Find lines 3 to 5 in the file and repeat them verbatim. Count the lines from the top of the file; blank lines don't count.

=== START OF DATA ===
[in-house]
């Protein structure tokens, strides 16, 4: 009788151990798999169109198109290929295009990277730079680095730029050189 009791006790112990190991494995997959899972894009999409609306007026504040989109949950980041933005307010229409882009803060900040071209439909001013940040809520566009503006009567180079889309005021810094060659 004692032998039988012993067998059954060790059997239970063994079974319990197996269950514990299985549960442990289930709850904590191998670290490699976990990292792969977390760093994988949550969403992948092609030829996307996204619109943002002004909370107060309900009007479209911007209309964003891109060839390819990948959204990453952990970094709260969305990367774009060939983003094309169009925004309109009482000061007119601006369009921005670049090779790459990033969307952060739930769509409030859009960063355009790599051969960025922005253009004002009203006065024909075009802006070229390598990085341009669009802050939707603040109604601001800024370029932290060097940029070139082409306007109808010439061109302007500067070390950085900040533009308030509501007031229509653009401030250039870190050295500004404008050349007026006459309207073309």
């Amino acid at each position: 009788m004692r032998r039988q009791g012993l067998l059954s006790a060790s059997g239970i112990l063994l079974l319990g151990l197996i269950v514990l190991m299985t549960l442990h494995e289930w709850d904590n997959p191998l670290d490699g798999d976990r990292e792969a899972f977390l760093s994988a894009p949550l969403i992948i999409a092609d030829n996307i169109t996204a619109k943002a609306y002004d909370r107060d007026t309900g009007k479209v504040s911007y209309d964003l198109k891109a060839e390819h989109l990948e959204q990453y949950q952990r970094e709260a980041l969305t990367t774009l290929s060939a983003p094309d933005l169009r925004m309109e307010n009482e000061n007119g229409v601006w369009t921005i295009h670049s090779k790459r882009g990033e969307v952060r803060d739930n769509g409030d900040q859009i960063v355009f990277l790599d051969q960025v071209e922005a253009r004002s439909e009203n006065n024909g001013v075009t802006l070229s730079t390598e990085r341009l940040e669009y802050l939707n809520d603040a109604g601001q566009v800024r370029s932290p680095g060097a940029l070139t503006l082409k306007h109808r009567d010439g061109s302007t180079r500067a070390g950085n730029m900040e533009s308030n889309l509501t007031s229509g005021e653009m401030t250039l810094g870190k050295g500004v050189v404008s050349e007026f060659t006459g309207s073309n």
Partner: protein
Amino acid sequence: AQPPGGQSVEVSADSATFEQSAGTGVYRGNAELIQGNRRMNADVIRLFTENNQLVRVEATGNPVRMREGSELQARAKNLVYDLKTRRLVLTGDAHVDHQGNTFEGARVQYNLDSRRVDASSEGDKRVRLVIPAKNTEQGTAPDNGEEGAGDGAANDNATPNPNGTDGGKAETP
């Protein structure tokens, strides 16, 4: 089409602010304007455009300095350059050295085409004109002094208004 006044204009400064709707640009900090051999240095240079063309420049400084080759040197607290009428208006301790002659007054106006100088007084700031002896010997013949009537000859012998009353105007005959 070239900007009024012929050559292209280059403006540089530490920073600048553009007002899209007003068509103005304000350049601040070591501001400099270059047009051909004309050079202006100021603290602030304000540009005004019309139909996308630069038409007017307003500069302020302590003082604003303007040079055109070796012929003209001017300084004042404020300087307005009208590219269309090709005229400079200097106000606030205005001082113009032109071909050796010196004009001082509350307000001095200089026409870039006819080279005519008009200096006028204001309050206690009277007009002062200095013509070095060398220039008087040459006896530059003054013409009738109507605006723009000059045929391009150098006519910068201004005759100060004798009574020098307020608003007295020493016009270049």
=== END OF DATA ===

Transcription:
């Amino acid at each position: 009788m004692r032998r039988q009791g012993l067998l059954s006790a060790s059997g239970i112990l063994l079974l319990g151990l197996i269950v514990l190991m299985t549960l442990h494995e289930w709850d904590n997959p191998l670290d490699g798999d976990r990292e792969a899972f977390l760093s994988a894009p949550l969403i992948i999409a092609d030829n996307i169109t996204a619109k943002a609306y002004d909370r107060d007026t309900g009007k479209v504040s911007y209309d964003l198109k891109a060839e390819h989109l990948e959204q990453y949950q952990r970094e709260a980041l969305t990367t774009l290929s060939a983003p094309d933005l169009r925004m309109e307010n009482e000061n007119g229409v601006w369009t921005i295009h670049s090779k790459r882009g990033e969307v952060r803060d739930n769509g409030d900040q859009i960063v355009f990277l790599d051969q960025v071209e922005a253009r004002s439909e009203n006065n024909g001013v075009t802006l070229s730079t390598e990085r341009l940040e669009y802050l939707n809520d603040a109604g601001q566009v800024r370029s932290p680095g060097a940029l070139t503006l082409k306007h109808r009567d010439g061109s302007t180079r500067a070390g950085n730029m900040e533009s308030n889309l509501t007031s229509g005021e653009m401030t250039l810094g870190k050295g500004v050189v404008s050349e007026f060659t006459g309207s073309n």
Partner: protein
Amino acid sequence: AQPPGGQSVEVSADSATFEQSAGTGVYRGNAELIQGNRRMNADVIRLFTENNQLVRVEATGNPVRMREGSELQARAKNLVYDLKTRRLVLTGDAHVDHQGNTFEGARVQYNLDSRRVDASSEGDKRVRLVIPAKNTEQGTAPDNGEEGAGDGAANDNATPNPNGTDGGKAETP